Great News, 103 of 150 metro areas tracked by Attom Data Solutions are now above their pre-recession peaks.
NEXT STEP – SELL? Is it time to start selling your real estate investments?
NO! Now is the right time for you to evaluate your real estate portfolio and make sure it is properly diversified looking forward as the market dynamics have now changed.
As reported this week by Think Realty Magazine:
According to ATTOM Data Solutions, several areas in the country are still posting median home values above pre-recession levels. 103 of the 150 metro areas tracked by the company show “surges” above values from their pre-recession peaks.
The Biggest Price Increases
While many of those 103 markets may not be far above their pre-recession peaks, some stand out from the crowd. The top five biggest price increases are:
- Dallas-Fort Worth-Arlington, Texas: 86%
- Houston-The Woodlands-Sugarland, Texas: 85%
- Kennewick-Richland, Washington: 81%
- Greeley, Colorado: 77%
- San Antonio-New Braunfels, Texas: 73%
The Biggest Price Dips
If 103 markets are still above pre-recession peaks, the remaining 47 are below. The markets that saw the biggest dips were:
- Montgomery, Alabama: 32%
- York, Pennsylvania: 32%
- Atlantic City, New Jersey: 30%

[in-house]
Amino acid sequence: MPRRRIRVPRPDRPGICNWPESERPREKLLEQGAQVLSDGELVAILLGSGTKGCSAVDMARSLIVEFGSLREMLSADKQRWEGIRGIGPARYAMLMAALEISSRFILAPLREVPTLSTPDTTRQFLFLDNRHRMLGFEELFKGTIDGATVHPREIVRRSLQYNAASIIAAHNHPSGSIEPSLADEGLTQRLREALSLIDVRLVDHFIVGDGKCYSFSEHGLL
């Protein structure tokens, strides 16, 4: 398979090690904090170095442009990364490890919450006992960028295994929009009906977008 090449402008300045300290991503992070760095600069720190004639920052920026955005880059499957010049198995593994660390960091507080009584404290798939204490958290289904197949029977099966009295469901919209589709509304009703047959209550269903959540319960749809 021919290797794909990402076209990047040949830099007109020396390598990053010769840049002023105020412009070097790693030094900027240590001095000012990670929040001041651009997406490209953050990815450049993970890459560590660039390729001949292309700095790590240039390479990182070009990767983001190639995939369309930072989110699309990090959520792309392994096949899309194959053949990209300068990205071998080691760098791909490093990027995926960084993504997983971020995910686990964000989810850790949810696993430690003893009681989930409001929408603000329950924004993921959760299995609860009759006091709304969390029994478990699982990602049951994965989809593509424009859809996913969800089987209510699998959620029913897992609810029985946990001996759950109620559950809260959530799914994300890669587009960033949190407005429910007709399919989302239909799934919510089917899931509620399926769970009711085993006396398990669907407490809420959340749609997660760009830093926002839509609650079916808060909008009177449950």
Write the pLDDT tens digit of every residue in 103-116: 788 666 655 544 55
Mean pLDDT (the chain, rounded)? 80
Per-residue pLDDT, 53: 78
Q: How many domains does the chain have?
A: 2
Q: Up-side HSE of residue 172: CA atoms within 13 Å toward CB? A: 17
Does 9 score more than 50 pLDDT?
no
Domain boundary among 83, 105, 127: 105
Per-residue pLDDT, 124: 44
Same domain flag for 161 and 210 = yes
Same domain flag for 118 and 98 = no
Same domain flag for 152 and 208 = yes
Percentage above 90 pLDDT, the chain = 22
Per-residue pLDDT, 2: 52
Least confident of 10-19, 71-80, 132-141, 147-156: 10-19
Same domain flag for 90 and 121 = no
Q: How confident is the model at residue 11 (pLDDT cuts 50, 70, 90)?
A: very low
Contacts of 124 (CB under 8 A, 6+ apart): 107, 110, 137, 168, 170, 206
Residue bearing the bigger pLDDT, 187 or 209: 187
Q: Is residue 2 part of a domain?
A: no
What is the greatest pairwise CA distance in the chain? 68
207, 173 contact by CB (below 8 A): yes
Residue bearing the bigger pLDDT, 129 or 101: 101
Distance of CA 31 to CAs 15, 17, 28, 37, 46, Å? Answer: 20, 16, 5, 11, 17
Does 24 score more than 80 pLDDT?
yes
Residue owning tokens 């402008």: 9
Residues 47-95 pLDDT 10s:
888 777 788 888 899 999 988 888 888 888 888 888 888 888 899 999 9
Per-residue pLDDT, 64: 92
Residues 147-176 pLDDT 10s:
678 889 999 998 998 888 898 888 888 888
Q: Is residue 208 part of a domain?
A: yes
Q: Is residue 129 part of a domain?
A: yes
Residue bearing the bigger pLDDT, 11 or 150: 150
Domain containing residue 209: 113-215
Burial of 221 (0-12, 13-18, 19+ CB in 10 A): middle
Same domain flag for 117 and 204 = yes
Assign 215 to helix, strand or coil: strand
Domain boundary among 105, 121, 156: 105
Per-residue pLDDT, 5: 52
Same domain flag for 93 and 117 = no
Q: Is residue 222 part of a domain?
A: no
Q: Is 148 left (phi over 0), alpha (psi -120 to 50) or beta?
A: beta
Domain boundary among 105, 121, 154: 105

- Naples, Florida: 20%
- Cape Coral-Fort Myers, Florida: 16%
Appreciation Rate is Slowing
Although most markets did show gains in home value over last year, appreciation rates are slowing in about half (74) markets analyzed. Daren Blomquist, vice president at ATTOM Data Solutions, observed, “Markets not experiencing this price appreciation cool-down may have more of an affordability cushion to work with, but some are in danger of overheating if home price gains continue to run hot.”
Overall, median home prices nationwide in Q3 2018 were 11% above pre-recession peaks and 77% above post-recession troughs. Furthermore, the homeownership timeline is still extending, with U.S. homeowners who sold during Q3 2018 having owned their homes more than 8 years. This is up from just under 8 years (7.97) the previous quarter and the longest measure of this metric in the history of ATTOM Data’s tracking, which extends back to 2000.